Hybrid HVAC Systems Offer Big Efficiency

Whether your goal is net-zero energy or just ultra-efficiency, consider these hybrid HVAC systems to save energy.

By James Newman  
OTHER PARTS OF THIS ARTICLEPt. 1: Best Practices for Achieving High-Performance HVAC Systems Pt. 2: High-Performance HVAC: Why Maintenance is CriticalPt. 3: This PagePt. 4: Measure, Test, Commission: Keys to High-Performance HVAC

There is a growing movement toward net-zero energy buildings. Those building to net-zero standards typically use renewable energy, co-generation, and passive heating and cooling. Some eliminate standard HVAC systems by using better building envelopes, siting, and design.  

For building owners not yet ready to adopt a net-zero energy goal, hybrid HVAC systems are worth considering — not only for conserving energy, and thus saving money, but also for the reduced impact on the environment compared to a traditional system. The other benefit of a hybrid system is the built-in redundancy, so that in case of emergency, it can be less likely the building will lose all means of heating and cooling.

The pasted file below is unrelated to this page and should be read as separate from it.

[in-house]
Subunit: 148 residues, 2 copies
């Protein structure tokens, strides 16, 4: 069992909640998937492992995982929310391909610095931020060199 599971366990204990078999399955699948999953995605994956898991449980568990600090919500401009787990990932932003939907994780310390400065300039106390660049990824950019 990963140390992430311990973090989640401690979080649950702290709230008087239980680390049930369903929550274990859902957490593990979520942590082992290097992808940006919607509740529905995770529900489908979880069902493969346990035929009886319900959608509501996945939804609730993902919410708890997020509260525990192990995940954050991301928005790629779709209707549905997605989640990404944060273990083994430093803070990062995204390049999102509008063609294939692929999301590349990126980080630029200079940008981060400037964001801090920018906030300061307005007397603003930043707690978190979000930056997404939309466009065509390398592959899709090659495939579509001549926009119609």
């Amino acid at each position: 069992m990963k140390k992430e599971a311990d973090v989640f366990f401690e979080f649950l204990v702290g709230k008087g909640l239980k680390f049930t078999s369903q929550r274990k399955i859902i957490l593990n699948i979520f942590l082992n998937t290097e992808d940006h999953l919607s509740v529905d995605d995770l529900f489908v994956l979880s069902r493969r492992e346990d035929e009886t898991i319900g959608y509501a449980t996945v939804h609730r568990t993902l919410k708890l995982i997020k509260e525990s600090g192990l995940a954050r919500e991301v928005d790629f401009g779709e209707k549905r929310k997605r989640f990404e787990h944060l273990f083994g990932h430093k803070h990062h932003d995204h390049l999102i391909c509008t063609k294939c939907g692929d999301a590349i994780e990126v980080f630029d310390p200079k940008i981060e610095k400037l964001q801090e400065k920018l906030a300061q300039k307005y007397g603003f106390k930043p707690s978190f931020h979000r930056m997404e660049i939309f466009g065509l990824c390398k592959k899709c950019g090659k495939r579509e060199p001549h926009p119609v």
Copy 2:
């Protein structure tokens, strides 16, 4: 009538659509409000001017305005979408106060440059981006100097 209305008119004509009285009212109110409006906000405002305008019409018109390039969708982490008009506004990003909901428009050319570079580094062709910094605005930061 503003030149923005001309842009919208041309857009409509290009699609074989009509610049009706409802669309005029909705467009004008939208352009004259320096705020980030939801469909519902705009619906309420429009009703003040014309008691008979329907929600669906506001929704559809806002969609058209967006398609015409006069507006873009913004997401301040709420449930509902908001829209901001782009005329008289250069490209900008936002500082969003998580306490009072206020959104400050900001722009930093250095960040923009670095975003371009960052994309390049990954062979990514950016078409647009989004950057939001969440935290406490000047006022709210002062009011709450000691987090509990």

There are many forms of hybrid systems. Here are a few:

• Gas-, hot-water-, or steam-driven chillers can conserve energy and reduce cost of electricity during time-of-day pricing, and may be able to produce heat for reheat, preheating water, or other uses.

• A hybrid geothermal system — i.e., one combined with a small boiler and cooling tower or closed-circuit cooler — requires less space and is less expensive to install than a full geothermal field. The cost savings would more than offset the additional maintenance and the potentially higher utility operating cost required for the boiler and chiller. 

• If there can be a use for the heat output, a combined heat and power system can not only conserve energy but also supplement utility power during times of sustained grid problems. 

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  posted on 3/20/2019   Article Use Policy

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